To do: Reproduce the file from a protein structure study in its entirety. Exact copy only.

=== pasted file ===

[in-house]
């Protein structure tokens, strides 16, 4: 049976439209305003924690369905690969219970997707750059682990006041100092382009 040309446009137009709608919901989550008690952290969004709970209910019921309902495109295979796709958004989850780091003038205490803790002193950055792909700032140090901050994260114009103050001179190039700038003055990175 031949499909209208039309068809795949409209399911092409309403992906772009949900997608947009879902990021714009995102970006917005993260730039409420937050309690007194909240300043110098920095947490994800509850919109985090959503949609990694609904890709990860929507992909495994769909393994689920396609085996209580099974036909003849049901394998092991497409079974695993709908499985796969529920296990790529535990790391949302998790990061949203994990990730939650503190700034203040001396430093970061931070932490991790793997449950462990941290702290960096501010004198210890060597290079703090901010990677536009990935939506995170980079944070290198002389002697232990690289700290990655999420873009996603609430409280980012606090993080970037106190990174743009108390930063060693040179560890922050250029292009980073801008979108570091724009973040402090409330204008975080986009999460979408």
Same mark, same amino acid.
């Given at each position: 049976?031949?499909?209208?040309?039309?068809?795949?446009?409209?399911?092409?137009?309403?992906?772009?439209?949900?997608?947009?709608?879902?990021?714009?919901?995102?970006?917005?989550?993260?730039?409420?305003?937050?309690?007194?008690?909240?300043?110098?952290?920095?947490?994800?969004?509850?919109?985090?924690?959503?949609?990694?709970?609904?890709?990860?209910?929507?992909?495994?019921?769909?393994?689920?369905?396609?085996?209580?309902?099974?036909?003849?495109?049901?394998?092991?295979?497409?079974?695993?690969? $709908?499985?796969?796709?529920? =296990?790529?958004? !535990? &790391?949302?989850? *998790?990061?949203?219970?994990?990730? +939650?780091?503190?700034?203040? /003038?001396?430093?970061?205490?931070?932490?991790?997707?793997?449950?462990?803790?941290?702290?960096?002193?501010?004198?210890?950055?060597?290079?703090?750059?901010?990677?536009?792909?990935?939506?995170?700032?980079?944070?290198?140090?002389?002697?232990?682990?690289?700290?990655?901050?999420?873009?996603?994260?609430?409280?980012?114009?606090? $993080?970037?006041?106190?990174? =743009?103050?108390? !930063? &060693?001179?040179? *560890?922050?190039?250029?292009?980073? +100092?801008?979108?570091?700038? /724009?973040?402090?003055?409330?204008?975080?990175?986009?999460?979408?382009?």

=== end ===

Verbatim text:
[in-house]
């Protein structure tokens, strides 16, 4: 049976439209305003924690369905690969219970997707750059682990006041100092382009 040309446009137009709608919901989550008690952290969004709970209910019921309902495109295979796709958004989850780091003038205490803790002193950055792909700032140090901050994260114009103050001179190039700038003055990175 031949499909209208039309068809795949409209399911092409309403992906772009949900997608947009879902990021714009995102970006917005993260730039409420937050309690007194909240300043110098920095947490994800509850919109985090959503949609990694609904890709990860929507992909495994769909393994689920396609085996209580099974036909003849049901394998092991497409079974695993709908499985796969529920296990790529535990790391949302998790990061949203994990990730939650503190700034203040001396430093970061931070932490991790793997449950462990941290702290960096501010004198210890060597290079703090901010990677536009990935939506995170980079944070290198002389002697232990690289700290990655999420873009996603609430409280980012606090993080970037106190990174743009108390930063060693040179560890922050250029292009980073801008979108570091724009973040402090409330204008975080986009999460979408």
Same mark, same amino acid.
């Given at each position: 049976?031949?499909?209208?040309?039309?068809?795949?446009?409209?399911?092409?137009?309403?992906?772009?439209?949900?997608?947009?709608?879902?990021?714009?919901?995102?970006?917005?989550?993260?730039?409420?305003?937050?309690?007194?008690?909240?300043?110098?952290?920095?947490?994800?969004?509850?919109?985090?924690?959503?949609?990694?709970?609904?890709?990860?209910?929507?992909?495994?019921?769909?393994?689920?369905?396609?085996?209580?309902?099974?036909?003849?495109?049901?394998?092991?295979?497409?079974?695993?690969? $709908?499985?796969?796709?529920? =296990?790529?958004? !535990? &790391?949302?989850? *998790?990061?949203?219970?994990?990730? +939650?780091?503190?700034?203040? /003038?001396?430093?970061?205490?931070?932490?991790?997707?793997?449950?462990?803790?941290?702290?960096?002193?501010?004198?210890?950055?060597?290079?703090?750059?901010?990677?536009?792909?990935?939506?995170?700032?980079?944070?290198?140090?002389?002697?232990?682990?690289?700290?990655?901050?999420?873009?996603?994260?609430?409280?980012?114009?606090? $993080?970037?006041?106190?990174? =743009?103050?108390? !930063? &060693?001179?040179? *560890?922050?190039?250029?292009?980073? +100092?801008?979108?570091?700038? /724009?973040?402090?003055?409330?204008?975080?990175?986009?999460?979408?382009?």